SOLD: Acquired by the Cincinnati Art Museum

A clock composed of a wedge-shape clock face, the stylized numbers created by cut-outs in wood veneer laid over metal, the clock face sided by a drawer originally for cigarettes enhanced with a wood fin; mounted in nickel-plated brass

  • Movement stamped A R and 1729, inside case stamped 1729, bottom of case stamped 1729, manufactured by Hour-Lavigne

Additional cataloguing


  • cf. de Bonneville, Françoise. Jean Puiforcat. Paris: Editions du Regard, 1986, p. 311.



Born in 1897 to a family of French cutlery silversmiths dating to 1820, Jean Puiforcat served in World War I before joining the family firm and creating the strong geometric designs composed of flat surfaces in dynamic combinations that he is known for. In 1928 he co-founded the Union des Artistes Modernes with Raymond Templier, Jean Fouquet, René Herbst, and Gérard Sandoz before moving to Mexico in 1941 and dying unexpectedly in 1945. The company is now owned by Hermès.



The 1920s and 1930s were a time of great technological advancement both on land and in the sky. The excitement of this new technology was reflected in the bold streamlined shapes of the late Art Deco, known as Art Moderne. Coming off the curves and elaborate decoration of previous decades, the straight lines of the Art Deco were modern and shocking. Jean Puiforcat, a founder of the Union des Artistes Modernes, was a master of the austere and inventive. He wrote in a report of the Admissions Committee for the 1925 Exposition internationale des arts décoratifs et industriels modernes, “a teapot must pour correctly and thus accomplish its function” but it is also a “work of art and must, within its modest sphere, uplift the soul with its beauty.”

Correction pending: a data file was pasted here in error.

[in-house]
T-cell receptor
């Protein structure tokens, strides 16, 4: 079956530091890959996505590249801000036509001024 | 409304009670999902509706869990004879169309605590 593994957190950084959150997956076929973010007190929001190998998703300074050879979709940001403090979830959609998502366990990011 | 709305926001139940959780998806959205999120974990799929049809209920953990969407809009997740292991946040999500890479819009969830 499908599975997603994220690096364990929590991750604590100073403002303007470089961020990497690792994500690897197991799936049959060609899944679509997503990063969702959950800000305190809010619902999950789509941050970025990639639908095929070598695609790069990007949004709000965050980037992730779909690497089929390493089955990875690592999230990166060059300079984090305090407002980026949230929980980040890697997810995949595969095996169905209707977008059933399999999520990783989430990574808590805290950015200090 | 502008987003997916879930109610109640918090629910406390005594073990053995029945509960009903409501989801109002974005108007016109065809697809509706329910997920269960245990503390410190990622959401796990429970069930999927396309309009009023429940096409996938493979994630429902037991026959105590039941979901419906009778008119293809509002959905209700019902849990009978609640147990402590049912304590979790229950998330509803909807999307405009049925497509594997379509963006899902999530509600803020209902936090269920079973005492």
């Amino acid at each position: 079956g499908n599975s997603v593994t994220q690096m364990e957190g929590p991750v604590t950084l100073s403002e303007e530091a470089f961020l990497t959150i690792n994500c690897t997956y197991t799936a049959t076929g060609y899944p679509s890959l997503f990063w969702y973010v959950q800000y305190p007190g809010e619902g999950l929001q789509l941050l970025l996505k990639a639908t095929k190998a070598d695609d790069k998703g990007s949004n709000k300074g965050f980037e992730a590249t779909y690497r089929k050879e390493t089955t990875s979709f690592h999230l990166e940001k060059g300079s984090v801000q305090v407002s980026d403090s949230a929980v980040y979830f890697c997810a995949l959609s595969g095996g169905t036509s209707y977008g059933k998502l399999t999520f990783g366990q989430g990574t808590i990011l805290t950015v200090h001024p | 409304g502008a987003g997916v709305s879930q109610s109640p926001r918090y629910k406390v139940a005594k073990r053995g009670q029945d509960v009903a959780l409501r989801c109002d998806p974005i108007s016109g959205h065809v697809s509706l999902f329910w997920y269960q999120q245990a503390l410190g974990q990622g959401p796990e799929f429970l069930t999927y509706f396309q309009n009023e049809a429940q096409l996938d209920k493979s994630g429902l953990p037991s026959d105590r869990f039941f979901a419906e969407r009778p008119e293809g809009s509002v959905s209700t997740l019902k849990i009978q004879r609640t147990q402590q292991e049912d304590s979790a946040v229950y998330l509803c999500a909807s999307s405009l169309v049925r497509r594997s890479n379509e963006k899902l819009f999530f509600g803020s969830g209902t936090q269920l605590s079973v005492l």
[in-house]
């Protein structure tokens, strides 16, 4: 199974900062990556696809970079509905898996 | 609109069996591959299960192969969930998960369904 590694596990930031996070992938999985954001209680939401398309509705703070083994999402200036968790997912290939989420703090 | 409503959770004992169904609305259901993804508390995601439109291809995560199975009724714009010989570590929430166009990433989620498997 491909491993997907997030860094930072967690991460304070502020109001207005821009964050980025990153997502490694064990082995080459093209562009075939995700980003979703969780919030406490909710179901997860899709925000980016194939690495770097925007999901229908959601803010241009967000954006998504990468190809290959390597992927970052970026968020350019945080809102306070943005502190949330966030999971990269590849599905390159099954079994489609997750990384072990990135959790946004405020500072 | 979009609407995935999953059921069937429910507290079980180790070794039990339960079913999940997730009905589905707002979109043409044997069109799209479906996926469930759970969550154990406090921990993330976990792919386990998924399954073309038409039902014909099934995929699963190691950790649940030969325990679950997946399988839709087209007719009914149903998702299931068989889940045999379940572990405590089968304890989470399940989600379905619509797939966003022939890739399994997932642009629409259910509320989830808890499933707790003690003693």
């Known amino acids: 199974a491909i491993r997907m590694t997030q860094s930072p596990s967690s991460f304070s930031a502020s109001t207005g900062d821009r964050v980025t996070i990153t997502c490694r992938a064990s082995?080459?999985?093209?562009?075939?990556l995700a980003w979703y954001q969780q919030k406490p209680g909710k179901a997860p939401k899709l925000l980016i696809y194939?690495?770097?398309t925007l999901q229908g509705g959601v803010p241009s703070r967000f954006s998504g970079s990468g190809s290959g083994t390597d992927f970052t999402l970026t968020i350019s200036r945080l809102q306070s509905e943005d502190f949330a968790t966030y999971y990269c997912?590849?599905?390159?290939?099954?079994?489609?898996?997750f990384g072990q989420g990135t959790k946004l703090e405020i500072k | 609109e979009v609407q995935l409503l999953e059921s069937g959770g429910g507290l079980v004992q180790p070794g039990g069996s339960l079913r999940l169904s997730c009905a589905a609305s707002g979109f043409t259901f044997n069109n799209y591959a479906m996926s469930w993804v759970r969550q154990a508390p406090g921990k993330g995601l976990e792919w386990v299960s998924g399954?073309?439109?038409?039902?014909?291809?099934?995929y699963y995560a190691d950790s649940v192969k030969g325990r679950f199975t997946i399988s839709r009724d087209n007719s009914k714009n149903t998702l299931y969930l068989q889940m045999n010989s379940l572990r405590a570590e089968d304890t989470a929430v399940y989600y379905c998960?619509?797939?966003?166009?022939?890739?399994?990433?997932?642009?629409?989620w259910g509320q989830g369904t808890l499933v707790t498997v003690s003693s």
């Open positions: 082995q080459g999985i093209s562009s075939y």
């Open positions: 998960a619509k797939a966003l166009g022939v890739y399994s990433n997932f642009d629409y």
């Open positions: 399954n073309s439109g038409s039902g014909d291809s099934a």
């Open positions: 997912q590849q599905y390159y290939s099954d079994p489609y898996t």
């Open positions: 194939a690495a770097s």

Puiforcat was featured prominently at the 1925 exhibition from which Art Deco draws its name and exhibited in Jacques-Émile Ruhlmann’s Pavilion of a Rich Collector. His designs were celebrated by critics, artists, and collectors as some of the finest of the era. Gaston Varenne wrote in Art & Decoration that the pieces “all possess a great purity of line and volume whose coldness is attenuated by the subtle shift of cleverly architectured surfaces and occasional veins. The uses of exotic stones and wood add a note of color.” Rather than being created with exalted materials, the rigorous objects designed by Puiforcat are luxurious in the precision and quality of their conception and design.

Raymond Templier described Puiforcat’s work as “displaying a reasoning, a logic, a robustness and highly sensitive precision. He was able to magnificently create forms of astonishing invention and logic, achieving true equilibrium, joy, and perfect visual harmony.” Heavily influenced by mathematics and the golden section, in this clock, Puiforcat designed an austere, streamlined piece composed of polished metal and rich warm rosewood. Bold geometric shapes slide together and interconnect creating this elegant desk clock with drawer. Puiforcat insisted that all his pieces must be made completely by hand, but no hammer strike is ever visible, achieving perfection. This desk clock is a magnificent and pure example of the Art Deco.